There’s no question that Louisiana offers its deer hunters liberal hunting days.
It’s possible, with archery, primitive and modern firearms seasons, to take to the field in search of whitetails, and the valuable venison they provide, from Sept. 19 through Feb. 15. That’s darned near five full months.
So, for the state’s hundreds of thousands of whitetail hunters, opportunity is never the problem.
Deer numbers are, and the take of deer in Louisiana was down last year.
State Deer Study leader Scott Durham can explain the decline, but there’s no single-fit, statewide reason other than the explosion of feral hogs across the state’s landscape.
Sure there are others, “carryover” factors like drought conditions in as many as 45 parishes in 2009, 2011 and 2012. Durham said droughts impact deer populations because extremely dry conditions reduce populations and there is “the lag effects of maternal stress.”
For the southeastern parishes, 2012’s Hurricane Isaac extensive flooding took an estimated 90 percent of that year’s fawn crop and impacted adult whitetails, too.
As if that wasn’t enough, there’s been a recent outbreak of hemorrhagic diseases.
Then, there’s the Basin
Then, if you hunt the Atchafalaya Basin, consider that the deer population was dispersed in 2011 when the Spillway gates were opened to relieve the pressure of floodwaters on the lower Mississippi River.
Moreover, there’s the residual effect of annual spring floodwaters on Basin deer, and this year’s extended high water means, Durham said, continued displacement throughout the lands between the Basin’s East and West Guide levees.
There’s a lot of hunting in that country,” Durham said referring to the Atchafalaya Basin. “And we always seem to be talking about the Basin. (Water levels) came down just two weeks ago, and that means lots of the vegetation deer need was underwater for an extended period. That meant a lot of deer had to leave.
“Because this area has a very late breeding period, there’s a late fawn drop for deer in the Basin and there doesn’t appear to have been a lot of fawning inside the Basin this year,” Durham said. “It’s good that when the water leaves, the vegetation takes a couple of weeks to green up again. Water doesn’t kill vegetation there, but it sets them back and that could be an issue for those deer.”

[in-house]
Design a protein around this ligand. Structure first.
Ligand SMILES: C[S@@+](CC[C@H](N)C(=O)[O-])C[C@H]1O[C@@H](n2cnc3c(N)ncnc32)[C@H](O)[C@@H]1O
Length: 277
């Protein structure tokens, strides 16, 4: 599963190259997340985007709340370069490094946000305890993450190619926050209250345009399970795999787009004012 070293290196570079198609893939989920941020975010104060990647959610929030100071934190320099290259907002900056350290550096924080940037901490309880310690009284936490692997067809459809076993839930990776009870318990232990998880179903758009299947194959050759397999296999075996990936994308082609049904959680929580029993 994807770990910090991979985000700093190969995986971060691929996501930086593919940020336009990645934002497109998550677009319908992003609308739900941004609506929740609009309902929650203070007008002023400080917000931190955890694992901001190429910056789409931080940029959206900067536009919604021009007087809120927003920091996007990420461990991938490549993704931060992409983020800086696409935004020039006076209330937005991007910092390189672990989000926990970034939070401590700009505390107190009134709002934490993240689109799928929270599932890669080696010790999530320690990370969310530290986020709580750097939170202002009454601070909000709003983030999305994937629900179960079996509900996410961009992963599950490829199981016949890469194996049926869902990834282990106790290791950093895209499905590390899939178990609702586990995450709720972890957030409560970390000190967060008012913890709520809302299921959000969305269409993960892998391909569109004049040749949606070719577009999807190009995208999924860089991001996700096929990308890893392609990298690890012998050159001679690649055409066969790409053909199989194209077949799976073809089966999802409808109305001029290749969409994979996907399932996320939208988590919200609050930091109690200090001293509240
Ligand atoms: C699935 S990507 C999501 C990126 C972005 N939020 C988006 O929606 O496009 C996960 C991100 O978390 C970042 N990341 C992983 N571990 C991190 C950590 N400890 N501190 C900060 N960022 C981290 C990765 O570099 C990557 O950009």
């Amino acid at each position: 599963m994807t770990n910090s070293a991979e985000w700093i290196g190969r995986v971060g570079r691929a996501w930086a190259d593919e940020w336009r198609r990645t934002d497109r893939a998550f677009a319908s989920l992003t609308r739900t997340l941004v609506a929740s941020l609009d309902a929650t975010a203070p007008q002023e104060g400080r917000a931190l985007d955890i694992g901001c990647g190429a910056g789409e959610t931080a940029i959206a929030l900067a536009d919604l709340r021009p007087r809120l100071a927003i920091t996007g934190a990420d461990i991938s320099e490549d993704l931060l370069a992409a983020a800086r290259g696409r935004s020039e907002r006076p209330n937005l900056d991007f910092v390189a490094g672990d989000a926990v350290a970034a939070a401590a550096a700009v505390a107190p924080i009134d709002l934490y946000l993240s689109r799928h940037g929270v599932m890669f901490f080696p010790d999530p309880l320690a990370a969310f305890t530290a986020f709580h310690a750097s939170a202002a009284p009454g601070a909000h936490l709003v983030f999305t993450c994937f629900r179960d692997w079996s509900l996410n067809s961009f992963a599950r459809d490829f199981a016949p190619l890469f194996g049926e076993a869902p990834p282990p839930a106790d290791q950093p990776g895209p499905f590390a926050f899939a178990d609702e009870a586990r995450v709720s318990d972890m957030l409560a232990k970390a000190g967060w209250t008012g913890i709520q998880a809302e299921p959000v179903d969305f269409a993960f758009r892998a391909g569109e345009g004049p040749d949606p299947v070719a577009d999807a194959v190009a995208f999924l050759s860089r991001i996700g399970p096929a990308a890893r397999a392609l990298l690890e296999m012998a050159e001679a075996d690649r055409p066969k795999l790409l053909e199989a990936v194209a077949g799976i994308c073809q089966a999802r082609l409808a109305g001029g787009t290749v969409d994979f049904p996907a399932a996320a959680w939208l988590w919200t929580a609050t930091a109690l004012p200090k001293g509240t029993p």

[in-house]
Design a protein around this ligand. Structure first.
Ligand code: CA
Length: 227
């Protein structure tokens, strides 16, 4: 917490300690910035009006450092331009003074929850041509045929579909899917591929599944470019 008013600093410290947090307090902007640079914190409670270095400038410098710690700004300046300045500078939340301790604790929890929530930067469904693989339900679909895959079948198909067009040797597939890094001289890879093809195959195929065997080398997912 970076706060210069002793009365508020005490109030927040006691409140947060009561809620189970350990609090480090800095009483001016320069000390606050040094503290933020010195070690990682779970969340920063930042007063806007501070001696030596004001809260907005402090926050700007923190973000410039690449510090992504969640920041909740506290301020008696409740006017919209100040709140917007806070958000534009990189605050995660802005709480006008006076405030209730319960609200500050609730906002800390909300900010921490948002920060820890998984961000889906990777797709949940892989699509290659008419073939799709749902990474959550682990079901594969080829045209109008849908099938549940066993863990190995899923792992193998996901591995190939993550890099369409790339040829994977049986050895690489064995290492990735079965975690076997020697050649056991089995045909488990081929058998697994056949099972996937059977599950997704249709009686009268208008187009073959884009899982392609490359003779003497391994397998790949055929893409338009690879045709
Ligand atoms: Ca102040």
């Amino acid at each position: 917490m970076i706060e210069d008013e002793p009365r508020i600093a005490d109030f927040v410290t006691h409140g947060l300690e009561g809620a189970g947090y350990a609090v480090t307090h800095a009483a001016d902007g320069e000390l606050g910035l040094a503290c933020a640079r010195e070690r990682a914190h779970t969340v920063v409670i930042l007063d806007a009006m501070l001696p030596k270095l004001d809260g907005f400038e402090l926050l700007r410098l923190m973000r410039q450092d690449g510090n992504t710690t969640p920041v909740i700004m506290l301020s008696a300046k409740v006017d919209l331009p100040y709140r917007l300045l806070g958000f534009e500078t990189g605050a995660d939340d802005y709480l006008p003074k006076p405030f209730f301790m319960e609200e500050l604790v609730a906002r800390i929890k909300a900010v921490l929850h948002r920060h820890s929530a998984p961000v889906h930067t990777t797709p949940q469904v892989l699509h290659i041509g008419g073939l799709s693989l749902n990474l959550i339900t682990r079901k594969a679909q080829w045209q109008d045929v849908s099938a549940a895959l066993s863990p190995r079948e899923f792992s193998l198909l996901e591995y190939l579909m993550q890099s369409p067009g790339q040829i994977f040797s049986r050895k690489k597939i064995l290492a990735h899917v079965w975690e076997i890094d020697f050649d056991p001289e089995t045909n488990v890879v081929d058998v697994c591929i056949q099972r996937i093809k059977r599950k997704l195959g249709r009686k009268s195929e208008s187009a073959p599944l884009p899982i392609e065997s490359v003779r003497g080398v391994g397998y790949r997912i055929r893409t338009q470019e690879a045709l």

Durham said the Deer Study team will take up its first discussions about making the Atchafalaya Basin a separate deer area. It’s a move, if approved, that would give the state 11 deer hunting areas.
“The Basin is so unique, so vulnerable to flooding, and with such a late breeding period that it needs separate hunting dates. It would be a move to be able to better manage deer and deer hunting,” Durham said.
Oh those hogs
For Durham and the rest of the states’ upland game biologists and managers, the number of feral hogs is the modern equivalent of a biblical plague.
For the first time, Durham’s study of reported deer tags and estimates compiled from hunters’ last-season reports showed hunters and landowners killed more feral hogs than whitetail deer.
“Hunters killed more than 300,000 hogs. There are that many pigs out there,” Durham said, with a tone in his words clearly showing he wishes there were that many more showing up on the kill sheets.
“I can’t overstate what feral pigs mean to our deer population,” he said. “Those pigs compete with deer for food. Deer don’t like to be around hogs, and because of that hogs are a stress to deer numbers.
“Hogs cause absolute destruction to our habitat across the state. They belong in a pen, in a farming operation. They’re not native to our landscape, and hogs are to blame in part for the decline in the number of deer.”
Durham said feral hogs become sexually mature at six months old, and sows can have two litters of 5-6 piglets each litter every year.
“It doesn’t take long to figure, with no natural predators, that they can take over an area in a short period,” Durham said. “We need a no-transport law to stop people from trapping them and taking them into another area.